Several of my gardening friends and I have for years shared the pursuit of a sort of holy grail: a Christmas rose which really does bloom at Christmas. One garden we know about has such a plant, but its provenance is not known, and its performance from year to year seems a bit erratic. Hellebores of the Helleborus × hybridus sort are now truly common in local gardens, but few people seem to grow Helleborus niger. In fact, this species has a reputation for being difficult to grow, especially when compared to the easy growth of the members of the Helleborus × hybridus group.
Nurseries used to buy in bareroot Helleborus niger and then pot them up in a peat-based medium. That was a big mistake, and it got the plants off to a bad start. Not knowing any better, most buyers probably attempted to duplicate similar conditions in the garden. Such plants were probably doomed. Every once and a while a plant would take hold, and observant growers often noticed that such plants were near concrete. Eventually the word got around that it was neutral or alkaline soil which Helleborus niger needs.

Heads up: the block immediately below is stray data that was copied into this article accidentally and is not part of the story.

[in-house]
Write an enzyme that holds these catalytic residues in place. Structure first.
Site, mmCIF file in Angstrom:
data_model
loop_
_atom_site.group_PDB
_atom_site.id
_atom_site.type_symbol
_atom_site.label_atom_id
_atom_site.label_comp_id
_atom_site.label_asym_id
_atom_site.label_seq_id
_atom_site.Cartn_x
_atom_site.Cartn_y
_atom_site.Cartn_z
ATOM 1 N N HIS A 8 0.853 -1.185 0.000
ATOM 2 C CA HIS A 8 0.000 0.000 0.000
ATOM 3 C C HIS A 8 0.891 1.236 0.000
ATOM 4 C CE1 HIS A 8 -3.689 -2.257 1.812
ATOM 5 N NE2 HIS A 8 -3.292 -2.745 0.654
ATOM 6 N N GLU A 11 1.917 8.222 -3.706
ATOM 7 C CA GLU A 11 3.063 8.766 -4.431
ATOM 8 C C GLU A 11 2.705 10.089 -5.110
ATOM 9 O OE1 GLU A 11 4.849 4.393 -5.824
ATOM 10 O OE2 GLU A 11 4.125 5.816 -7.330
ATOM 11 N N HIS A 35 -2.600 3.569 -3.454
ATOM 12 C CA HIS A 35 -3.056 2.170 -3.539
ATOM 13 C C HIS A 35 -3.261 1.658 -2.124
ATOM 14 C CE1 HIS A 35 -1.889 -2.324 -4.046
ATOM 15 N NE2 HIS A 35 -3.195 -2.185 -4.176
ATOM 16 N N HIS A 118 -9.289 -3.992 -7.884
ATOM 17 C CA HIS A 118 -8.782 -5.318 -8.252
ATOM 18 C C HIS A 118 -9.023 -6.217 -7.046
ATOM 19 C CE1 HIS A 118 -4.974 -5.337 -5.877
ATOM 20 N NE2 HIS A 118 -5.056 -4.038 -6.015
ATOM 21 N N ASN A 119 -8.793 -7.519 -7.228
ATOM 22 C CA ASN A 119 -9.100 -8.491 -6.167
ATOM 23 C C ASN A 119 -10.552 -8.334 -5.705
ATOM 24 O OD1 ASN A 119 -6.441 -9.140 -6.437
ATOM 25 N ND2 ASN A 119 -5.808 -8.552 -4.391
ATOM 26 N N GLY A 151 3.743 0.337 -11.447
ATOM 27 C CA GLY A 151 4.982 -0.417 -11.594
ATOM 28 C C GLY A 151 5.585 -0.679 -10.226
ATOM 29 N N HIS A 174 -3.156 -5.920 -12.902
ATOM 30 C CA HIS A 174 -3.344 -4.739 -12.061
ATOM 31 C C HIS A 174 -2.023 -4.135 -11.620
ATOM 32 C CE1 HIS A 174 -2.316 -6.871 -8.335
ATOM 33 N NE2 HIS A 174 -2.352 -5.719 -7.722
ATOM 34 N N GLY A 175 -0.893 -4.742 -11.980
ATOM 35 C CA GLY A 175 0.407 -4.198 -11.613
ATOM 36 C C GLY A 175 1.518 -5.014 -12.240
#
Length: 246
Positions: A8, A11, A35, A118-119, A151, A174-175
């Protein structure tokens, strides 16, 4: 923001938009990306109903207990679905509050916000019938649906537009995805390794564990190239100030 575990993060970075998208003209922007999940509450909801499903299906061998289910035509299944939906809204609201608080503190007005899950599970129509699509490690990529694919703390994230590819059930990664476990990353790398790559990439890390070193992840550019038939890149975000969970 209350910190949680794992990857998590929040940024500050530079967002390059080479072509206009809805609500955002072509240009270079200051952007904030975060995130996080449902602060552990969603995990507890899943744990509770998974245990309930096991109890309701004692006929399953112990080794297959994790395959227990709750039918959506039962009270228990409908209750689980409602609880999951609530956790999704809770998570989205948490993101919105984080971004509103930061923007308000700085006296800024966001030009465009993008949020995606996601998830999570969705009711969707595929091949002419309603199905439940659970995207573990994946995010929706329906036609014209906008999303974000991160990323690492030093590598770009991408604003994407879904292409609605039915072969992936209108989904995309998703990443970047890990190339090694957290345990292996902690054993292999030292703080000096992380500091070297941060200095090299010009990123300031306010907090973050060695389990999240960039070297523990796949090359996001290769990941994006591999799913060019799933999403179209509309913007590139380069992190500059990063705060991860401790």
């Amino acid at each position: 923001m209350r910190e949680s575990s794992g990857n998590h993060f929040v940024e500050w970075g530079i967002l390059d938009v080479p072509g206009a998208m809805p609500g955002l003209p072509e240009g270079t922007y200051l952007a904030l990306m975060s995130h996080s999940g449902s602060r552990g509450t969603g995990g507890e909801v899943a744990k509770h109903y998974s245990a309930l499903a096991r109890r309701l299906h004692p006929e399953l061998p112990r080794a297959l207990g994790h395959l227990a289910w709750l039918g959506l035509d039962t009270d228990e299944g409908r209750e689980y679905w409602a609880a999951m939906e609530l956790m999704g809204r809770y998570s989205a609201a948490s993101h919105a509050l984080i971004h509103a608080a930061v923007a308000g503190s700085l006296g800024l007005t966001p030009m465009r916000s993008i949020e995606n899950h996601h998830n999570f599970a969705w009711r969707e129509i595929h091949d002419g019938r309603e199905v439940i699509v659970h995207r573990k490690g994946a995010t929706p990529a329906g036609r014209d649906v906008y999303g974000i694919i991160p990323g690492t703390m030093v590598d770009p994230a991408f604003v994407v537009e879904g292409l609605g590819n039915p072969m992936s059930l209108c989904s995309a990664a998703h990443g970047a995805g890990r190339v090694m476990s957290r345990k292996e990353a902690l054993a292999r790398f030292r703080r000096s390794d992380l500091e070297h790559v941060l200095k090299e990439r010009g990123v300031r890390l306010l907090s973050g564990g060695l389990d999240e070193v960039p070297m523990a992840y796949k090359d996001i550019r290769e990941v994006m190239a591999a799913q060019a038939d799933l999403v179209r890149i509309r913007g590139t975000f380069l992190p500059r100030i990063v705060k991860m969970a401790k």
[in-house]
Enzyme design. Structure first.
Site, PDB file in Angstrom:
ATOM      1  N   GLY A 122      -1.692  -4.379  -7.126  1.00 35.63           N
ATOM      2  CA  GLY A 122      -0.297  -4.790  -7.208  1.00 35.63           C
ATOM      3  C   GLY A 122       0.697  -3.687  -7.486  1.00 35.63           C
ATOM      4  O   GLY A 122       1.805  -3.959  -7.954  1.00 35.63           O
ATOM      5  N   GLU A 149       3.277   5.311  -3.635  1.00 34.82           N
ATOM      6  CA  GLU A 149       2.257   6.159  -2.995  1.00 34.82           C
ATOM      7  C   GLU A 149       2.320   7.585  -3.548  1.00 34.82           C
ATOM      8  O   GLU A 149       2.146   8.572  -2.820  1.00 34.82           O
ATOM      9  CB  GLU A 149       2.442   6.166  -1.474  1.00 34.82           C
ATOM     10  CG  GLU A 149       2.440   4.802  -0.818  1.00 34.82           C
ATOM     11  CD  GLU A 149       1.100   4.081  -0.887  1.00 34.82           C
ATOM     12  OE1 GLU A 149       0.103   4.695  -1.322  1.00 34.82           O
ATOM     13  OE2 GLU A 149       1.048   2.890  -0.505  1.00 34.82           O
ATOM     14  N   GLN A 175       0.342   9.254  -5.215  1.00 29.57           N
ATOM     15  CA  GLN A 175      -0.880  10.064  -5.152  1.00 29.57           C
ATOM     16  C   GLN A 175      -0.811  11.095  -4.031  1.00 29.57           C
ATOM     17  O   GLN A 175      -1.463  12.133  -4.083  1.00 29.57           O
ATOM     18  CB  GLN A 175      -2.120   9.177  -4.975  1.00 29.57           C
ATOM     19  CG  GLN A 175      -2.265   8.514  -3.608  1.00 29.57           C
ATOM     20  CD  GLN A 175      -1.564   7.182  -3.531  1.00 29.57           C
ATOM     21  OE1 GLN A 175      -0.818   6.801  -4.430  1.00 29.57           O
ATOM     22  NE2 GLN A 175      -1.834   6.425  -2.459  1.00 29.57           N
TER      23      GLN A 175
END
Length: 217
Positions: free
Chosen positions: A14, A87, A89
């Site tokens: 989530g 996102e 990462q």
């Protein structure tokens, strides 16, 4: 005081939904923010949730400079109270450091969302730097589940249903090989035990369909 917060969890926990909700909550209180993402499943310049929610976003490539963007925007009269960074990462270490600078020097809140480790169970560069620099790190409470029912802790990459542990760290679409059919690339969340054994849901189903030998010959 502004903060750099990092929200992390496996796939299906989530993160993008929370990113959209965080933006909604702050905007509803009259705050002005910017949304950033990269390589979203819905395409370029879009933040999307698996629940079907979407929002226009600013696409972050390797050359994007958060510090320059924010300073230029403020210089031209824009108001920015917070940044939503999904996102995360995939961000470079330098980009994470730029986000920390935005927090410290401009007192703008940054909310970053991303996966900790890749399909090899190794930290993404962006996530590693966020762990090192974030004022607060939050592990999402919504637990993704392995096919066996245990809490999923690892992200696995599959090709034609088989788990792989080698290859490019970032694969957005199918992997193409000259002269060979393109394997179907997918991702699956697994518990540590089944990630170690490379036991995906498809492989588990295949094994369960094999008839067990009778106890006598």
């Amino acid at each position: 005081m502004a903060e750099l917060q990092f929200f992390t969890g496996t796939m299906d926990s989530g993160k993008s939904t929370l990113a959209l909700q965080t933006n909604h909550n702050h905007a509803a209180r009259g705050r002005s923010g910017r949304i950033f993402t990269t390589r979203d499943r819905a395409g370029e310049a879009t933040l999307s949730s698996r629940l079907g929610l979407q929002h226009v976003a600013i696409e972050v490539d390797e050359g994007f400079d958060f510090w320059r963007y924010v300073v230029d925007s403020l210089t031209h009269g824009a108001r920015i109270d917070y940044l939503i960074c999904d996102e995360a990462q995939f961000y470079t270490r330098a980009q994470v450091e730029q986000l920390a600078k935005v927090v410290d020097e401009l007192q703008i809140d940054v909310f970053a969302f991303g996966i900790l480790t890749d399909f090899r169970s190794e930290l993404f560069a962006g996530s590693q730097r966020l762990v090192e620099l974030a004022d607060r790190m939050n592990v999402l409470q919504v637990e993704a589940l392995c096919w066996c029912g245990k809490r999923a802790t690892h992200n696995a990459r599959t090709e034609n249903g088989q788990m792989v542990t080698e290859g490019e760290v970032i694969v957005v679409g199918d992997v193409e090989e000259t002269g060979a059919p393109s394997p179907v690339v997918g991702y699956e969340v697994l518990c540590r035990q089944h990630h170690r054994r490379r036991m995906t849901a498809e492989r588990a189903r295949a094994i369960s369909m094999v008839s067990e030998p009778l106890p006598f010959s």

Years ago I discovered that this species really goes to town in ComPRO (a composted sewage sludge product which contains loads of lime). I once dug a plant and tried to trace the root system: it went on for several feet before I gave up.
Yet even those of us who grow Helleborus niger successfully were still facing one major disappointment: our plants did not bloom until sometime in March.
German nurseries in the early twentieth century grew clones or seed grown strains of Helleborus niger selected for early bloom. But eventually, the emphasis among growers seems to have shifted from selection for bloom time to selection for large flowers. The plant I have had in my garden for decades produces very large flowers, flowers sometimes five inches in diameter – in early March!
The images above show two recent German tissue propagated clones selected for early bloom time. Each of these is said to begin blooming in November! The two cultivars shown are (above) ‘HGC Jacob’ aka ‘HGC Jacob Classic’ and (below) ‘HGC Josef Lemper’. I intend to grow these in a cold frame to give the early flowers every chance of developing well. And, plants growing in the protection of a cold frame are more likely to ripen viable seed.
I'm very excited to have acquired these plants. So excited that after taking the pictures and noticing that the blooms are mud-splashed, I've gone ahead with this entry. I'll try to get better images of cleaner blooms soon.